For several years SVRA held a pre–season drivers’ school at Savannah’s Roebling Road. In 1991 this became an official vintage race and joined Moroso and Sebring in expanding SVRA’s Spring Fling to three back–to–back weekends.
Before the next event, SVRA’s General Manager Mike Rand was replaced by Frank Rupp who was returning to duty after a managing stint with California’s Palm Springs Vintage Races. Later in the year the SVRA office was moved from Tampa to Charleston, South Carolina, almost an exact repeat of the move four years earlier.
In mid–May SVRA visited Road America for the first time. Taking its title from Paul Zimmermann’s motorsport emporium in Downers Grove, Illinois, the Motorsport Collector Vintage Grand Prix attracted approximately 150 cars. Though subjected to the fickle climate of a typical Wisconsin spring, the event was declared a success and would become an annual fixture on SVRA’s calendar.
Then it was on to Topeka’s Heartland Park to again face the challenge of RMVR members. This time an all–ladies race firmly established the RMVR women as accomplished and competitive drivers in any company. Next, Mid–Ohio’s United Telephone Vintage Grand Prix revealed a change of title sponsor. It was the track’s 30th Anniversary and the entry again topped the 300 mark. Morgan was the featured marque and more than 100 cars were present with an impressive 31 of those prepared to race. A special award was presented to Brian Redman in recognition of his contributions to SVRA and to vintage racing in general.
The following weekend SVRA broke new ground by traveling north for the Canadian–American Vintage Classic at Mosport, organized by SVRA, VARAC (Vintage Auto Racing Association of Canada) and track owner Harvey Hudes. Although it was hoped the occasion would become an annual fixture, the modest turnout did not justify further involvement by SVRA.
Excellent weather greeted SVRA for September’s Watkins Glen Vintage Cup races where a gathering of Formula One cars celebrated the track’s 30th Anniversary of its first F1 race. Though he had failed to win a real F1 race, Brian Redman finally scored a victory with Stephen Yanoshik’s 1975 Surtees TS16.
In October Bill Scott’s Summit Point Raceway hosted the President Cup, a smaller affair but in several ways one of SVRA’s most enjoyable events. A Saturday evening lobster dinner in Scott’s apple orchard and a wacky tractor race separate this event from the mainstream vintage event.
Ferrari was the featured marque with Phil Hill as the Grand Marshall at the Atlanta Vintage Grand Prix. Can–Am cars also shared top billing with a reunion masterminded by one of the original series' most colorful characters, Oscar Kolveleski. The traditional yearend awards were dispensed at Saturday evening’s banquet with David Kopf becoming SVRA’s eighth Driver of the Year and Ann Narde receiving the popular Harry Gaunt Award.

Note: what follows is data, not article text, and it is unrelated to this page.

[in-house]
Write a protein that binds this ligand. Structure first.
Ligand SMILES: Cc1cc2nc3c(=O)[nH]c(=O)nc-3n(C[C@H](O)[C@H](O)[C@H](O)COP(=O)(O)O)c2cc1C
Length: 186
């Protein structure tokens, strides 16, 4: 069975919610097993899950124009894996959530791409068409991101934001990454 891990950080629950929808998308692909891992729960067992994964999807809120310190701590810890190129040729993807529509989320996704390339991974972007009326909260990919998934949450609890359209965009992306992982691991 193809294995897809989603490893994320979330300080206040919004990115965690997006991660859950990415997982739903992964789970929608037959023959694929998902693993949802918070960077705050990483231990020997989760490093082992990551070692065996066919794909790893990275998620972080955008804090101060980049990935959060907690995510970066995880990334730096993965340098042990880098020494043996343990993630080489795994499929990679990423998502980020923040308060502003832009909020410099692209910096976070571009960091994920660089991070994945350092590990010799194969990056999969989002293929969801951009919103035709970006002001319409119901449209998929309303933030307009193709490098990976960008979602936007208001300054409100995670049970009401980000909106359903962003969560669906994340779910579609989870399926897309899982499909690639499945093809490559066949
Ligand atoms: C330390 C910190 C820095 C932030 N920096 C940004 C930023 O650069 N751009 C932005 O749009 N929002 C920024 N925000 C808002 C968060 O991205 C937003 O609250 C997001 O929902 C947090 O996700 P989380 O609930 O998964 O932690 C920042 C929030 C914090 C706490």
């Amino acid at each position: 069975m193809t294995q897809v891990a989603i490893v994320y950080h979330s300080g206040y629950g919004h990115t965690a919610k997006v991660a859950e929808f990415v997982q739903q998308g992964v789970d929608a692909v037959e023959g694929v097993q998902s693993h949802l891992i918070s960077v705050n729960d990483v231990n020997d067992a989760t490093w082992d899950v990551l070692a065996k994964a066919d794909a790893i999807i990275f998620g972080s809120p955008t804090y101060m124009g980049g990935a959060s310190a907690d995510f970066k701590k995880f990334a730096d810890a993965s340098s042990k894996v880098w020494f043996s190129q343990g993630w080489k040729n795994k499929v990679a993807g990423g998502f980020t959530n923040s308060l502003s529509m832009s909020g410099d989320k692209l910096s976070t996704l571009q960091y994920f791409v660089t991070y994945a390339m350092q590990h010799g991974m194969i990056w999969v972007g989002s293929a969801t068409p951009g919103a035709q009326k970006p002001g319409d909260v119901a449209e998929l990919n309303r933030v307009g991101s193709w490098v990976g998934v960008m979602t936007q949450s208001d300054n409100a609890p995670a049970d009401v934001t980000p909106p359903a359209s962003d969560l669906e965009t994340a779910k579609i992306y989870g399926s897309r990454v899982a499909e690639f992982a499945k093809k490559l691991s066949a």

The 1992 season began with the trio of Spring Fling events at Savannah, Moroso and Sebring, this year having a two–week break between Savannah and Moroso. Road America came next followed by the season’s first big event at Mid–Ohio. Aggressively promoted by the track, Mid–Ohio’s vintage race had developed into a major event attracting impressive numbers of spectators. The featured marque for 1992 was Triumph and legions of cars were on hand for the occasion. The all–Triumph race, paced by Bob Tullius and John Kelly in Group 44 TR8s, featured Ralph Thomas’ pair of Vitesse Trans–Am cars and Bill Warner’s Group 44 TR6.
Another record entry was set at Watkins Glen when 362 cars passed through tech. The disappointing turnout of F1 cars for the advertised feature race was offset by the appearance of the late Graham Hill’s wife Bette who served as the event’s Grand Marshall. Syd Silverman hosted a Lister reunion and imported Brian Lister for the occasion. The social highlight of the weekend was Friday evening’s Italian–flavored party at Don and Ann Narde’s warehouse cum auto museum in downtown Watkins Glen.
SVRA completed its season in October with Summit Point and the Atlanta Vintage Grand Prix. Awards were handed out at Atlanta with Harry Gaunt named Driver of the Year who, in turn, presented his own award to J.L. Foster.
Although SVRA enjoyed a good season in 1992, it was also a year that saw its schedule of events stabilize. The previous year’s borderline events had been eliminated and, for the first time in several seasons, there were no new events. While the smaller events such as Savannah and Summit Point provided SVRA members with more track time in a low-key atmosphere, it was the Mid–Ohio and Watkins Glen events that paid the bills. Vintage racing was becoming commercially focused and, with Historic Sportscar Racing beginning to stretch its legs, competitive......Art Eastman
Next week, Part 10: “Fatality”